In the grand tradition of pugilists like Rocky Balboa and, to a lesser extent, Rudy Ruettiger, I have a demanding workout routine: Every morning, I get up, eat four steaks, drink a dozen raw eggs directly from the blender, oil myself up and stare at my imposing delts in the mirror for at least 45 minutes. I don't actually engage in any physical activity besides steering my car and speed-typing, but I figured with the whole delt-oiling thing that I pretty much had my bases covered just in case, some day, I might be forced to prove my manliness in that most manly of contests, arm-wrestling. This weekend, I was proved wrong. Horribly, horribly wrong.
When I showed up to the first qualifying round of the Denver Nationals Championship Arm Wrestling, I took a moment to survey my meager competition and immediately declared myself the winner; there were a couple of pretty skinny guys, one guy who was wearing sunglasses even though it was night, another guy who was pretty good at ring on a hook and a guy with a large scar on his tree-trunk-like bicep from when, I was told, he broke his arm in actual, professional arm-wrestling. That guy wasn't participating -- he was just there to survey the scene -- but I figured if it came down to it I could take him. I took off my cardigan sweater and rolled up my sleeves for extra intimidation. "You Shook Me All Night Long" was playing on the jukebox, and I was about to shake this motherfucker. All night long.
After catching up with photographer Kate Levy, purchasing my lady a glass of the bar's finest Yellowtail, watching a few dudes go head-to-head and making sure everyone in the place had seen my biceps -- which were bearing a positively uncanny resemblance to coils of rugged steel -- it was time for the winner to take the spoils. I reared back and demanded a challenger.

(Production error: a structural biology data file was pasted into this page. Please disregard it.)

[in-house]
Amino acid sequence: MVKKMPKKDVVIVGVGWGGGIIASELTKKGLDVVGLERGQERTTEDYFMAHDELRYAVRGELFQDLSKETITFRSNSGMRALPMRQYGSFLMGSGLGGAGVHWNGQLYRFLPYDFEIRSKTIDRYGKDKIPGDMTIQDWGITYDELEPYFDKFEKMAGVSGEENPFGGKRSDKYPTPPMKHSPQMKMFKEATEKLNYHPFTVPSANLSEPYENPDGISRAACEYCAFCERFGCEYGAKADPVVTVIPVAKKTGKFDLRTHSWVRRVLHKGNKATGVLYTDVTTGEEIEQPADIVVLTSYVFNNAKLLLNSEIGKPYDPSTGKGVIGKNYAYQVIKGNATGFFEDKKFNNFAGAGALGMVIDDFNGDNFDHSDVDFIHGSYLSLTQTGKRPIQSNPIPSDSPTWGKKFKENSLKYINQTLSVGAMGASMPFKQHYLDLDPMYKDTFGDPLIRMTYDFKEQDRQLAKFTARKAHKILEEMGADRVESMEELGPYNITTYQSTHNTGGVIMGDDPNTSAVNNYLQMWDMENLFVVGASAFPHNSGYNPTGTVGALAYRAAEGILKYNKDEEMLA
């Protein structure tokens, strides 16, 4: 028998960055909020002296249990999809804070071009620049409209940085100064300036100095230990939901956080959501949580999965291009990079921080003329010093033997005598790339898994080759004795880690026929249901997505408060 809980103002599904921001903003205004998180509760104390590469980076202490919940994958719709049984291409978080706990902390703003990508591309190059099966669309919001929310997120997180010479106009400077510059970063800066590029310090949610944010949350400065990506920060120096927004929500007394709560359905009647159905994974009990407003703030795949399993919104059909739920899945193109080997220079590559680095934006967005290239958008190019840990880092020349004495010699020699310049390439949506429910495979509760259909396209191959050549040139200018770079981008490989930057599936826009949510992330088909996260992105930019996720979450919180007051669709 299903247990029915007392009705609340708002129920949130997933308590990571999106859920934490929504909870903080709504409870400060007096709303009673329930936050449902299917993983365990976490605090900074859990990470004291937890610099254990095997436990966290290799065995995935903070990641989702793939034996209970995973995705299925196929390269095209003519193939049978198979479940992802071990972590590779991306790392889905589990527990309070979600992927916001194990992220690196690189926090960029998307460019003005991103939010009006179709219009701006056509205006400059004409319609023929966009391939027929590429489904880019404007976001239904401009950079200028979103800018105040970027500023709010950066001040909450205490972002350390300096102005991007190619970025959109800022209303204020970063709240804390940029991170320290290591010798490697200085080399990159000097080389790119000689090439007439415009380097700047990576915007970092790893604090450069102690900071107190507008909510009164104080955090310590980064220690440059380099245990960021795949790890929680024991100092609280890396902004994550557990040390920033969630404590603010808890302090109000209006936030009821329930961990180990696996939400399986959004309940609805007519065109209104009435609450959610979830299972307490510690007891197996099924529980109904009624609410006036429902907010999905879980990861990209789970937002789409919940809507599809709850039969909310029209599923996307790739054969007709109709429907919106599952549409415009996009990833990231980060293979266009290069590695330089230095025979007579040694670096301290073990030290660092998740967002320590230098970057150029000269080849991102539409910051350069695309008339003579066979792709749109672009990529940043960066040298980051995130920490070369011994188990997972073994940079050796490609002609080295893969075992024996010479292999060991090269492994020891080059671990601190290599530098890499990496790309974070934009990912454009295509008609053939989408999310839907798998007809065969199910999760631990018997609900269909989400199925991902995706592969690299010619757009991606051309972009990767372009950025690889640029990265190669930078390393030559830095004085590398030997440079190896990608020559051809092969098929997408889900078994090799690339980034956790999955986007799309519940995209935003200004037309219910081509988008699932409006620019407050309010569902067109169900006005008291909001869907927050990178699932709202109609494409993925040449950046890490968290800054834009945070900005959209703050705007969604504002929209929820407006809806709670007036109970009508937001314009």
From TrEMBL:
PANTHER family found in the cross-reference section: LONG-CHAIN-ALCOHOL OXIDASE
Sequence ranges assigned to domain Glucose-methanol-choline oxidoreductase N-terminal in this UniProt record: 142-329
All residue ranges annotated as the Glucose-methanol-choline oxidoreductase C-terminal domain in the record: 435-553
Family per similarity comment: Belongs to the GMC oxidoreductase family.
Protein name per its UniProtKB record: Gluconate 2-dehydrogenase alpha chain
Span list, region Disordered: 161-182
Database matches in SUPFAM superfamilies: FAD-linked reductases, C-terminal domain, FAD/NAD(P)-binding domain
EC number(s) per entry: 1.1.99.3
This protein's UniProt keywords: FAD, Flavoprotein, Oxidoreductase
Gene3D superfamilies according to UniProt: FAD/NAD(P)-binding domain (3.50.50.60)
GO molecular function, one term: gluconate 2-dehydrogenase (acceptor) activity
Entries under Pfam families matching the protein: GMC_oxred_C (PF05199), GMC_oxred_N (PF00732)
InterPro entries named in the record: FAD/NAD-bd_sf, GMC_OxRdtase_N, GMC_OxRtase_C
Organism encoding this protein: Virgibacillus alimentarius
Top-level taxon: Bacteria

The first to approach was ring-on-a-hook guy, and it was obvious he was intimidated; he seemed comfortable enough to the casual observer, true, but it was a hollow comfort. Squaring off on the regulation arm-wrestling table, we prepared for the bout. My steely gaze rivaled my steely biceps.
And then, the unimaginable happened: I lost.
I'd gotten overconfident. Like Apollo Creed in Rocky 2, I'd arrogantly allowed myself to see victory as a foregone conclusion. True, my next challenger approached with wolf-like hunger in his eyes and neatly dispatched me -- but in the end, my real opponent had been my own hubris.
I spent the next 18 hours weeping.
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It wasn't until Sunday evening, while I was eating the last of an econo-size box of choco tacos and watching March Madness through an endless sheet of tears, that I realized the truth. A victorious basketball player was doing a post-game interview with an attractive woman and telling her that his team had won by giving 110 percent -- and it came to me: My problem was, I had only given 100 percent, foolishly assuming that my limits and the limits of mathematical possibility would coincide.
It won't happen again. And though I did not qualify to participate in the championship round at the Bannock Street Garage on April 2, I'll be back again, and I will win. Not with heart and determination like Rocky -- that shit is for chumps, I realized -- but instead like George W. Bush in the 2000 presidential election: with questionable mathematics.
And let the winner take the fucking spoils.